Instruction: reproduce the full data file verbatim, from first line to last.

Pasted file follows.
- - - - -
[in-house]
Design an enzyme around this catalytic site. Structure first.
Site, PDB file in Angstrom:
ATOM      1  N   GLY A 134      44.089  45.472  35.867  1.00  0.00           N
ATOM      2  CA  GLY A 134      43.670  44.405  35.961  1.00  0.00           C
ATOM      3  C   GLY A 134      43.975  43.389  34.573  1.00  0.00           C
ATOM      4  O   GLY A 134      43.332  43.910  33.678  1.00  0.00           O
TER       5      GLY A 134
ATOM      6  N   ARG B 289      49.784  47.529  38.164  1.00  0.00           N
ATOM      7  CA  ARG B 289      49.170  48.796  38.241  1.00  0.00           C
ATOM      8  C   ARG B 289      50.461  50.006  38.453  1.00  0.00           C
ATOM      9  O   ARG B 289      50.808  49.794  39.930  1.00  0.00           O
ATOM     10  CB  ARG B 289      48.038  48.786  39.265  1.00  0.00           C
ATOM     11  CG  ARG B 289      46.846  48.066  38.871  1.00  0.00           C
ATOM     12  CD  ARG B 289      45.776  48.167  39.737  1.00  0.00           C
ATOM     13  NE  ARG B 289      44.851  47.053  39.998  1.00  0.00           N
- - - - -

[in-house]
Design an enzyme around this catalytic site. Structure first.
Site, PDB file in Angstrom:
ATOM      1  N   GLY A 134      44.089  45.472  35.867  1.00  0.00           N
ATOM      2  CA  GLY A 134      43.670  44.405  35.961  1.00  0.00           C
ATOM      3  C   GLY A 134      43.975  43.389  34.573  1.00  0.00           C
ATOM      4  O   GLY A 134      43.332  43.910  33.678  1.00  0.00           O
TER       5      GLY A 134
ATOM      6  N   ARG B 289      49.784  47.529  38.164  1.00  0.00           N
ATOM      7  CA  ARG B 289      49.170  48.796  38.241  1.00  0.00           C
ATOM      8  C   ARG B 289      50.461  50.006  38.453  1.00  0.00           C
ATOM      9  O   ARG B 289      50.808  49.794  39.930  1.00  0.00           O
ATOM     10  CB  ARG B 289      48.038  48.786  39.265  1.00  0.00           C
ATOM     11  CG  ARG B 289      46.846  48.066  38.871  1.00  0.00           C
ATOM     12  CD  ARG B 289      45.776  48.167  39.737  1.00  0.00           C
ATOM     13  NE  ARG B 289      44.851  47.053  39.998  1.00  0.00           N